9 min read

The Story is the Story: On Management #40

The holidays were fun and long, and I’m glad we’re all still here.

Please allow me to be the last person to send out a 2019 recap, and a little something new.

Thank you for inviting me to your inbox.

2019 in Review

The newsletters:

Are norms really normal? (P.S.), Ready for your intervention? (P.S.), Minimum Viable Passion (P.S.), Always be coaching (P.S.), and Ask (better) questions (P.S.)

The Soundcloud playlist for my 2019 audios is here.  I also appeared on Ashley Milne Tyte’s The Broad Experience, episode 140; we talked about coaching.

Newsletters for supporting members  (some are still paywalled):

Dead (White) Men Talking, Audio Transcript, CV Harquail on Feminism and Business, Wheels within Wheels, Audio Transcript, Jane Watson on the Toronto Tech Study, So I've been thinking, Audio Transcript:  Fobazi Ettarh on Vocational Awe, Problematics, I Kind of Want A Revolution, Audio Transcript:  Ask (Better Questions),  The Women's March, and Burnt(Out) Offerings.

If you’re Deaf, hard-of-hearing or otherwise desire an audio transcript, I will make one available upon request.

The story was the story

The central drama of the workplace is when a manager and team members fail to agree on what needs to be done.  Or so I say.

In the early ‘10s, I started noticing storytellers speaking at conferences.  Giving workshops. Writing books. Talking TED.

I wondered, what if I were to frame the central workplace drama as, actually, a narrative problem?  Would it mean that managers should be better storytellers? Possibly correct, I guessed.  I thought about hosting a storyteller for a workshop.

And yet something didn’t quite sit right with me, and I decided that storytelling wasn’t the right intervention.  I moved on.

Fueled by abundant capital, the decade wore on. An emerging narrative gained strength: lots of storytelling said that organizations should grow, fast.  Collateral damage be damned, go for Total Market Domination.

And, It Will Be Worth It.

Almost every blitzscaling org that I have seen up close has a lot of internal unhappiness. Fuzziness about roles and responsibilities, unhappiness about the lack of a clearly defined sandbox to operate in. “Oh my God, it’s chaos, this place is a mess.” The thing that keeps these companies together…is the sense of excitement about what’s happening and the vision of a great future.  Because I’m part of a team that’s doing something big…the pain will be worth it.”

Reid Hoffman quoted in Blitzscaling, by Tim Sullivan at Harvard Business Review

We were promised flying cars, but that was a long time ago.

More recent promises include driverless cars, and worlds where no one a) feels alone, and b) ever has to say goodbye too soon.


Who’s the narrator?

“Brash young creative geniuses KILLING IT” gave way in 2019 to “Bad Apples have been running things around here, but we’re gonna fix it now.”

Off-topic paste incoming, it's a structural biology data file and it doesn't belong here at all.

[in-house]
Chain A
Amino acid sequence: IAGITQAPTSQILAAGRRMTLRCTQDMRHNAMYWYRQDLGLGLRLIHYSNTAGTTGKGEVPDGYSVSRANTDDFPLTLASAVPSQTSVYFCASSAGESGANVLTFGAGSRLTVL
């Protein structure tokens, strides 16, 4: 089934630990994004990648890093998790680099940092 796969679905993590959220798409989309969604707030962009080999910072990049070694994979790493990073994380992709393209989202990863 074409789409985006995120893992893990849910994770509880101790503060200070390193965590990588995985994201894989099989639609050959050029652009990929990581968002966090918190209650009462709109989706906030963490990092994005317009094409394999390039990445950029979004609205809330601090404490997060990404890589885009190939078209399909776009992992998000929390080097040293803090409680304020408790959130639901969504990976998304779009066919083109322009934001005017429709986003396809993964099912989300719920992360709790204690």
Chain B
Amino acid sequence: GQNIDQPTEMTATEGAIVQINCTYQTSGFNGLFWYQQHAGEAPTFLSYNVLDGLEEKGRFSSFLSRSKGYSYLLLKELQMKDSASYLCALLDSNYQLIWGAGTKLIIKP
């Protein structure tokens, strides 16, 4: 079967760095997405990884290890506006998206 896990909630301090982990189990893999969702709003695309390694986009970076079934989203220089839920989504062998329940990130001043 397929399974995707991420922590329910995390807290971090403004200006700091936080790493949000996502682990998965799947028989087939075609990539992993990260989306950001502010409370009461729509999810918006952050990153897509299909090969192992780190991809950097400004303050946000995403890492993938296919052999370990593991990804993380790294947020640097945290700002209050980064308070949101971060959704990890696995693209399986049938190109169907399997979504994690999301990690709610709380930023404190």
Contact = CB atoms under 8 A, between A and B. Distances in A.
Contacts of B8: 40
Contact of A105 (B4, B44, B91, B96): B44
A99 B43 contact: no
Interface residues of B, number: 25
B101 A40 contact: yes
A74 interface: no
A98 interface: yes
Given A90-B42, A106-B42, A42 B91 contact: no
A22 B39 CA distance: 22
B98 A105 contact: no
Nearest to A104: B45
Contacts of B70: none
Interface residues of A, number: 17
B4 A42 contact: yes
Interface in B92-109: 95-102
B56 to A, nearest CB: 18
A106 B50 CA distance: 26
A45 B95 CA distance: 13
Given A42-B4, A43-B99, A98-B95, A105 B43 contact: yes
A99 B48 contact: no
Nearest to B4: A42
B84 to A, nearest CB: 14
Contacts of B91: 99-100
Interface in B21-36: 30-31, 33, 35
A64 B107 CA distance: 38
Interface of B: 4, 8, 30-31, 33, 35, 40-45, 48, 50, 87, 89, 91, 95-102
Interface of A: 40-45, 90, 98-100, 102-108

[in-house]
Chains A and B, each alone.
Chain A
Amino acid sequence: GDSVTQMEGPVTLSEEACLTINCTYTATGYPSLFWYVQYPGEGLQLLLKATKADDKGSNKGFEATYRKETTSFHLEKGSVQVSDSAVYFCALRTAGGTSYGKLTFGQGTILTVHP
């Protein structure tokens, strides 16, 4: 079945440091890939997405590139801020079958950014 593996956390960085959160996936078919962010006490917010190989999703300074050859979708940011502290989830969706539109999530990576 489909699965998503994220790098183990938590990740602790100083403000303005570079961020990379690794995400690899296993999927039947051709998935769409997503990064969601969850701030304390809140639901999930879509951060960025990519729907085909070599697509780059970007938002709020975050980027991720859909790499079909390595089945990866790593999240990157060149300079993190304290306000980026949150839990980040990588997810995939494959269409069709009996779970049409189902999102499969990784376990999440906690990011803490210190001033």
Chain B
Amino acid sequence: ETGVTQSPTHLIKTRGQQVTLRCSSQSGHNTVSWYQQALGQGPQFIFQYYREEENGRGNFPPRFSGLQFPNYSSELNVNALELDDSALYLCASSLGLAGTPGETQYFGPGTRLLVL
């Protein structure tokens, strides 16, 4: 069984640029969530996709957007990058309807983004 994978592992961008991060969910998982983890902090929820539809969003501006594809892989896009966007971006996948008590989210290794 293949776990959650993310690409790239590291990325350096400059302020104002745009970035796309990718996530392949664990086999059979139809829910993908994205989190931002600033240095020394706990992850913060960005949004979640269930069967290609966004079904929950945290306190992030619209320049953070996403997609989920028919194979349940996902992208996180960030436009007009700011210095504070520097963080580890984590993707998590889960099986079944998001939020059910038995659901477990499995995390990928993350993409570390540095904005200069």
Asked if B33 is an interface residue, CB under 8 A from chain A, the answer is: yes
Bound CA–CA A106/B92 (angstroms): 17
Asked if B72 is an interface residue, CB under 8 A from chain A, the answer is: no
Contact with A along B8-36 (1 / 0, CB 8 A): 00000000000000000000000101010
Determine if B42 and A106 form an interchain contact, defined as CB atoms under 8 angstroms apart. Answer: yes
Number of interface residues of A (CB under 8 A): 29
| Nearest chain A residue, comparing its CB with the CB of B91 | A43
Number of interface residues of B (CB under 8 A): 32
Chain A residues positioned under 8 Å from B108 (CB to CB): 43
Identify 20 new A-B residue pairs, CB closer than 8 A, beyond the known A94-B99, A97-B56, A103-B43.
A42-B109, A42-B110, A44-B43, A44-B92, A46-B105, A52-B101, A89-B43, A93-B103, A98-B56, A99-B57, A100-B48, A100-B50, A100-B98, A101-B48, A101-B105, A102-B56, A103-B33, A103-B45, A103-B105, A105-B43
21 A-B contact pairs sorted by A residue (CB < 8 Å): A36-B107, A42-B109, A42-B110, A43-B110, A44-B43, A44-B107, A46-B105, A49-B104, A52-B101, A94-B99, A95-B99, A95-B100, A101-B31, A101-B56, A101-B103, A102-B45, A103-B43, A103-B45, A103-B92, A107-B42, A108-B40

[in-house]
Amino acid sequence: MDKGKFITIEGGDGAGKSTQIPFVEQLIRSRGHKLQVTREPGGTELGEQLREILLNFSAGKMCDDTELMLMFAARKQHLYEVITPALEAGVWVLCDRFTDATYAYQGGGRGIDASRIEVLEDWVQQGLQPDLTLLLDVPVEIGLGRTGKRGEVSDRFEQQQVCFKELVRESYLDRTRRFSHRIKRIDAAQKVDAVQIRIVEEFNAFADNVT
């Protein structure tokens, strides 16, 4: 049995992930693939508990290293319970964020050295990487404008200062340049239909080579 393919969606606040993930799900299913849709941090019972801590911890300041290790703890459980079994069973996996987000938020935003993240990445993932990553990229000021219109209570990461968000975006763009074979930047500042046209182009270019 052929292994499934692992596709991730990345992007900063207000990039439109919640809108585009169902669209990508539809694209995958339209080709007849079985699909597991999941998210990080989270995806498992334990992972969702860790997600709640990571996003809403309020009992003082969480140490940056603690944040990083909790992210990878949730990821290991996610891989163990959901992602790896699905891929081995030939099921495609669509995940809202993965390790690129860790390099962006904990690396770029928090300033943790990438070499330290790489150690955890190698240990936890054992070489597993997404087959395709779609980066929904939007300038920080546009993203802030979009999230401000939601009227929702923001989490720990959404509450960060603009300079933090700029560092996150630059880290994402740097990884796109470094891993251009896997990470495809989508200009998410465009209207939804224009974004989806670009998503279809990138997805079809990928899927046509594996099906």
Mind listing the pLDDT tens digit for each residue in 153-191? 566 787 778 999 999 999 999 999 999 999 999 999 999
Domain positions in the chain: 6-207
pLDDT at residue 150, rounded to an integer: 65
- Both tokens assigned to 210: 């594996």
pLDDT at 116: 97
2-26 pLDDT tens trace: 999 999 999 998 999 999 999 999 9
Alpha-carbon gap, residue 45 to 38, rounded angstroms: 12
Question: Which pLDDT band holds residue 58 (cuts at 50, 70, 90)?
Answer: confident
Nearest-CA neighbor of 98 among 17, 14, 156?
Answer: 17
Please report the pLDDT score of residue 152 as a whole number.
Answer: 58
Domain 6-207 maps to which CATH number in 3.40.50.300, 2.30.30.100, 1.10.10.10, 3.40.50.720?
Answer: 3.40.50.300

So far, “unsustainable business model” is not a terribly popular story.

In 2016, Reid Hoffman told a story:  “You fix the things that will get investors to give you more cash.”

So, in a Bad Apple’s wake, do you fix the company, or fix the story? Both? And who’s telling the story anyways?

After the 1987 stock market crash, an acquaintance reported that her stockbroker boyfriend felt guilty. As the market tanked, he had profited by executing sales trades. For clients who had originally bought the stock from him.

Of course, this was his job.

When an idea, company or person gains momentum, there’s all kinds of media on the buy side. They’re also there on the sell side, when things crash and burn.

And as we click and share, we make the market. Yes, there are reliable narrators. We still have to interrogate them.

Look for the author

When it comes to the narratives on work, we don’t see an author. We see beliefs.

That you should learn to “code.” Hustle.

That it’s ok to work full time and not be able to support yourself. Ok to be paid less than the guy next to you.

That very particular great men (even men’s men) have been people management innovators, rather than observers and adapters of common practices that are the accretion of generations of knowledge and practice, for better and for worse.

That you should meditate.

Like the actions of God — or A God — or the market — we only see outcomes.

Is #MeToo a battle between author and narrator?

Optimistic Me:  Maybe #MeToo is a triumph. Finally, here are the stories of some who have been silenced.

Cynical Me:  Don’t just sit back and watch the story go by. So many problems with our narrators, gatekeepers, and people who are meant to ensure justice.

There’s a lot of work to do.

Because we’re seen this movie before, too.

If you’re here, I’m guessing you’re a reader

Here’s another story:  The Liberal Arts are Dead.

Maybe students should securitize themselves in exchange for vocational training. Say, learning to program computers. The sort of on-the-job training that their parents completed on their employers’ dime and time.

In the face of crappy stories, our best offense may be the ability to critically engage a text — whether it’s this newsletter, your CEO’s pitch, or a story in the media outlet of your choice.

Long live the liberal arts.

Who gets to tell stories — about tech?

Lizzie’s literary genius rests not just in her acres of quotable one-liners…but in her invention of what was really a new form, which has more or less replaced literary fiction — the memoir by a young person no one has ever heard of before.  It was a form that Lizzie fashioned in her own image, because she always needed to be both the character and the author.

Author David Samuels, quoted in  Elizabeth Wurtzel, ‘Prozac Nation’ Author, Is Dead at 52

An entry-level employee spends a few years in a few tech/startups.  Then she writes a singular memoir.

Anna Weiner’s Uncanny Valley:  A Memoir (library) (Indiebound) brings a young woman’s narrative voice to a world largely peopled, authored, and narrated by men.